Appalachians love to compete. Whether it’s recreational league softball, a turkey calling contest or workplace chili cook offs, Mountain folks are in it to win it. But there’s more to competing than just winning or losing. In this show, we’ll meet competitors who are also keepers of beloved Appalachian traditions.Continue Reading Take Me to More News
On April 25, 1863, about 1,500 Confederate soldiers under General William “Grumble” Jones advanced through Greenland Gap, a scenic 820-foot-deep pass in New Creek Mountain in Grant County. Jones’s Confederates clashed with 87 Union soldiers, who’d taken positions in a local church and cabins.
The Northern troops held off several assaults over four hours of fighting. After the church was set on fire, the Union forces finally surrendered. The Union side lost two killed and six wounded, while the Confederates lost seven killed and 35 wounded.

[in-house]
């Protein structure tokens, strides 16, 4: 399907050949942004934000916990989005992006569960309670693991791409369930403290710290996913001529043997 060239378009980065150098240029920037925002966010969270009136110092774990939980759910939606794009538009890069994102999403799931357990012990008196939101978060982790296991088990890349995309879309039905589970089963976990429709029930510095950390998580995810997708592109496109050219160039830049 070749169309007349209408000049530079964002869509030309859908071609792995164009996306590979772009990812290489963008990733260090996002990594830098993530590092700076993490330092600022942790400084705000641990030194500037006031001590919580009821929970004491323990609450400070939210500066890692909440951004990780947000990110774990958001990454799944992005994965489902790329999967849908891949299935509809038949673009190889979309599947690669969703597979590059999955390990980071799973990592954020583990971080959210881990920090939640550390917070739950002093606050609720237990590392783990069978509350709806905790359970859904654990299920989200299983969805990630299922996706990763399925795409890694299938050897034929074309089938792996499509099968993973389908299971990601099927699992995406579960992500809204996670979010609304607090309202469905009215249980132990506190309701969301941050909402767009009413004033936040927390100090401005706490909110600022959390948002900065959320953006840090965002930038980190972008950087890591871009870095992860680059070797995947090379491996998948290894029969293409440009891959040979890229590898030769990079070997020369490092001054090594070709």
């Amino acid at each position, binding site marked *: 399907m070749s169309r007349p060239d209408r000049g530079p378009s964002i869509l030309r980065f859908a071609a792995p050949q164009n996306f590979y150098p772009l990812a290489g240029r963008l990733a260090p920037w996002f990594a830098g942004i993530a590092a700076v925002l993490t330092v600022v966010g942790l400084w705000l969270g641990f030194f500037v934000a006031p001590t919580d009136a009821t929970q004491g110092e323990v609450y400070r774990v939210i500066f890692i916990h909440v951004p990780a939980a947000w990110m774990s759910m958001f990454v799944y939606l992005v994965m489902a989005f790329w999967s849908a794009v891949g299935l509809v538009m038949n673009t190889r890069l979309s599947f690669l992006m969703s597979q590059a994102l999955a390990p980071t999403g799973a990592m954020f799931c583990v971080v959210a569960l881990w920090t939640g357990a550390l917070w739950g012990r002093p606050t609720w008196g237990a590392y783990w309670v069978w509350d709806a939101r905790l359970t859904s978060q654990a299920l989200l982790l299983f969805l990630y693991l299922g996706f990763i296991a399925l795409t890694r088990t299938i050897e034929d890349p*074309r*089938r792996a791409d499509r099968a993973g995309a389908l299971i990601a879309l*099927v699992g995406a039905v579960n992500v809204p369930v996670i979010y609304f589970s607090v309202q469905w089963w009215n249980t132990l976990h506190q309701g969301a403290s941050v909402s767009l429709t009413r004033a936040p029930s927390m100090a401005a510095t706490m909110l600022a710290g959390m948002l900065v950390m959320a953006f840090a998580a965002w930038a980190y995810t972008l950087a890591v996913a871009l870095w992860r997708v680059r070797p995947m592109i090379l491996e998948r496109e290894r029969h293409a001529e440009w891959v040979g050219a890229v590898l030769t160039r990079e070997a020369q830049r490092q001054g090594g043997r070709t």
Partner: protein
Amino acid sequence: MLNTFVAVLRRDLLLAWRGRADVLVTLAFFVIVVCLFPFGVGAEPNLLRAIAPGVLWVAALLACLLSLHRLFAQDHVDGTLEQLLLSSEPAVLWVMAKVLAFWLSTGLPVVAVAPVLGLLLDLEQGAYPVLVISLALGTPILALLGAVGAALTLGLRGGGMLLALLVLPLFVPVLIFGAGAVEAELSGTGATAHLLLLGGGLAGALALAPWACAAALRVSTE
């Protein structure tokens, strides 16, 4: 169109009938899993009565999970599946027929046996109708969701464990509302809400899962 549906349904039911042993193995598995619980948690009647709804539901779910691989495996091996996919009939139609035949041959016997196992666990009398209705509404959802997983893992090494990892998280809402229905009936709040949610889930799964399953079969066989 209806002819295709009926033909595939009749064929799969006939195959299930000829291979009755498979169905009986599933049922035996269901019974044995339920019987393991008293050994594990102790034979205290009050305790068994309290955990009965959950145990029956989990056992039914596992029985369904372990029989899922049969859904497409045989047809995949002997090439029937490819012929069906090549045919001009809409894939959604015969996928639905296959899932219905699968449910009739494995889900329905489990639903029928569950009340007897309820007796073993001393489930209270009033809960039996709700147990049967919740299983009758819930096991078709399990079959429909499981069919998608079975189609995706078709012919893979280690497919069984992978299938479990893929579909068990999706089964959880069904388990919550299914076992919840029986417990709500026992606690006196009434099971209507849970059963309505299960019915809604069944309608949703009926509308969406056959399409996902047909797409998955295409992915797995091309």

It was the beginning of what would become known as the Jones-Imboden Raid, an ambitious but ultimately unsuccessful bid by Confederates to disrupt the Baltimore and Ohio Railroad and weaken Union control in what would soon become the new state of West Virginia.
Today, Greenland Gap remains a place of stunning beauty, with towering sandstone cliffs. The North Fork of Patterson Creek, a popular trout stream, flows through the gap. Greenland Gap, which has been designated as a State Natural Landmark, is the centerpiece of a 255-acre nature preserve owned by the Nature Conservancy.